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A guide to what's involved in the Informal Lease Extension process

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A guide to whats involved in the Informal Lease Extension process

Hannah Faith, Leasehold Property Paralegal at Frettens, looks at the Informal Lease Extension route.

Hannah provides advice on contacting a freeholder, how to write an extension enquiry and what to look out for in the terms of extension.

Can I start a lease extension without a solicitor?

Yes! There is no harm in you approaching your freeholder initially without a lawyer’s assistance, to gauge their response and save yourself some money in these initial stages.

How to extend a lease - Your options

There are two routes to extend your lease; statutory or informal. You can read more about the difference between the two in our dedicated article, here.

The way in which your lease extension will proceed is dependent on how cooperative and reasonable your freeholder is. It is therefore usually worth approaching them to ask if they will agree an ‘informal’ lease extension (which is usually quicker and cheaper); unless you know that they will refuse, or will offer unfavourable terms.

Set out below is some useful information to help you contact your freeholder and to limit your legal fees as much as you can.

If your freeholder is not willing to grant an informal lease extension, then you can potentially use the ‘statutory’ route as your back-up plan.

How do I contact my freeholder?

Have a look at your most recent ground rent or service charge demand you have received, as this should provide you with contact details for the freeholder and/or their managing agents.  

If a managing agent manages your building, then it might be sensible to contact them in the first instance.

Informal Lease Extension: What should I be cautious of?

If a freeholder is willing to grant an informal lease extension, they will likely require you to pay their fees up front in respect of calculating their ‘quote’ or obtaining valuation advice in order to calculate the appropriate ‘price’. This is quite usual and reasonable.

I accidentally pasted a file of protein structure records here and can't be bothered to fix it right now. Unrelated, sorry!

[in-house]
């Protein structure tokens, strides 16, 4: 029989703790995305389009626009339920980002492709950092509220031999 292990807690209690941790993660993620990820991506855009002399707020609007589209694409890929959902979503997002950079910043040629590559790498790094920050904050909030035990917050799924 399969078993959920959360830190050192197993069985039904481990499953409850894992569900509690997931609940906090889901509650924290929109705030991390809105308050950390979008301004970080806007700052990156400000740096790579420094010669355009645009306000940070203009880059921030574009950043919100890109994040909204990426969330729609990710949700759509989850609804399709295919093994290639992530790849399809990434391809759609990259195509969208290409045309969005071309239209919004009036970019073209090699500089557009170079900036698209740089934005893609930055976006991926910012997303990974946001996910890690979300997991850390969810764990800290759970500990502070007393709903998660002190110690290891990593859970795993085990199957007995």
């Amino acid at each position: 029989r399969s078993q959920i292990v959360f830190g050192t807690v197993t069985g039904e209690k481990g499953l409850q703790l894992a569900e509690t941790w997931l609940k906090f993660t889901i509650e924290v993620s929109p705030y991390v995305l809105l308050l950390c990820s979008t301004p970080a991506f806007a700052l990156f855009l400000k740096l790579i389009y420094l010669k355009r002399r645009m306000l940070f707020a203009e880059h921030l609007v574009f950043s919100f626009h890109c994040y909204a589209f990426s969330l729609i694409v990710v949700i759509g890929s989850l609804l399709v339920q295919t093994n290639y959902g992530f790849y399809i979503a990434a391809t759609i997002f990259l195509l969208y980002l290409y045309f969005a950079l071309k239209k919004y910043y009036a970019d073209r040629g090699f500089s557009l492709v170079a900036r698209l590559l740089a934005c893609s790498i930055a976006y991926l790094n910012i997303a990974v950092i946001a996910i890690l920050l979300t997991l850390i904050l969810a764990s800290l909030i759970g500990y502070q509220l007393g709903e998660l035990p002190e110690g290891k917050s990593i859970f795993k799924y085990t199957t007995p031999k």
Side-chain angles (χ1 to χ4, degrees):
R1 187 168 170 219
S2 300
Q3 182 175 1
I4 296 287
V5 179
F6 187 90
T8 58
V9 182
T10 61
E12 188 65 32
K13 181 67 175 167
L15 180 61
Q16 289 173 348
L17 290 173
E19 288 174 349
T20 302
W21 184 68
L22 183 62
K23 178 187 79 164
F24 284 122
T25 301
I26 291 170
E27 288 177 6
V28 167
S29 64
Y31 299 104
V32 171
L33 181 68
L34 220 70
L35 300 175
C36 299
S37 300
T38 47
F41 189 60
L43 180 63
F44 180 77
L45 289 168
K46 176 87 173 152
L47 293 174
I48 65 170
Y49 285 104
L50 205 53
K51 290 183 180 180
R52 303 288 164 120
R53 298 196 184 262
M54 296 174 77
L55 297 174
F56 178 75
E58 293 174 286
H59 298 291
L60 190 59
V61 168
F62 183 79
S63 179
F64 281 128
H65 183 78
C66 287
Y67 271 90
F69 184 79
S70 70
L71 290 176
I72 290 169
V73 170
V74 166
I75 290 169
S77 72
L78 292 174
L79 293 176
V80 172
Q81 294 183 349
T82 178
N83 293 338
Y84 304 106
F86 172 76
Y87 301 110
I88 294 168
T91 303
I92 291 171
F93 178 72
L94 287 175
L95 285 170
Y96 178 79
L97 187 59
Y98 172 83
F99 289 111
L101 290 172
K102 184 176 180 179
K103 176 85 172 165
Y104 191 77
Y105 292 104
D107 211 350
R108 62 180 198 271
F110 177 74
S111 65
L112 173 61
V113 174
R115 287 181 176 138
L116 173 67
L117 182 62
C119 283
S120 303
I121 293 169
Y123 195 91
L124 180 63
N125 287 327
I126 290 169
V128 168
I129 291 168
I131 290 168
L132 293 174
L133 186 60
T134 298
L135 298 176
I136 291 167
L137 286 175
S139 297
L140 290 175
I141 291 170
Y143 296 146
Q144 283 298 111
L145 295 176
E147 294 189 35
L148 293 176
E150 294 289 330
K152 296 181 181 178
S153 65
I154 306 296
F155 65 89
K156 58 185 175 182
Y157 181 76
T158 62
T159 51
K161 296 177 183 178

However it is important that, before you pay any money to your freeholder, you find out what terms they will be offering to you i.e. how many years and any variation to your ground rent or other terms in your existing lease.

Some freeholders will look to increase your ground rent or even include an ongoing-increasing ground rent which could cause you problems when you look to sell or re-mortgage your property in the future. You can read more about this in our article ‘Why are increased ground rents such an issue for leaseholders?’.

A peppercorn (zero) ground rent, or one that is fixed at a low level is most beneficial to you, as a leaseholder.  In fact, freeholders will soon likely be legally obliged to reduce ground rents to zero in lease extensions anyway.

How to write an informal lease extension enquiry letter

We have created a template letter that you can send to your freeholder to enquire about an informal lease extension. Click this link to download the document, make sure to select 'Lease Extension' when inserting your details, then download the 'Informal Lease Extension Letter Template'.

Once downloaded, you just need to insert the relevant details and email/post it to your freeholder or their managing agents.

What do I need to look out for in a freeholder’s lease extension offer?

Firstly, check that their terms match what they suggested they would be proposing i.e. length of lease and ground rent etc.

Be aware that some freeholders may put a time limit on their offer i.e. it must be accepted and/or completed within a specific timeframe where-after, the premium would usually increase. Make sure you adhere to any timescale, otherwise your freeholder may insist that you pay for another valuation to be carried out so that they can issue a new offer.

What do I do next?

If you are happy with the terms and price proposed by your freeholder, you are best advised to instruct a specialist lawyer straight away to deal with the legalities of the transaction within the given timeframe.  We would be delighted to assist in this respect.

However, if you are in any way unsure as to the price they have quoted, you may wish to seek your own, independent valuation advice, which we can arrange for you. This would establish whether or not the freeholder is quoting a fair price for your lease extension. It might be that the statutory route would be more beneficial than the terms and premium being offered to you informally, so it is always best to check.

Bright and accessible Lease Extension specialist solicitors

Our specialist Lease Extension Team is one of the largest in the region and are happy to discuss any of the issues outlined in this article.

If you have any questions, please call 01202 499255 and a member of the team will be happy to chat about your situation and your specific requirements.

We offer all new clients a free initial chat with one of our bright, knowledgeable lawyers.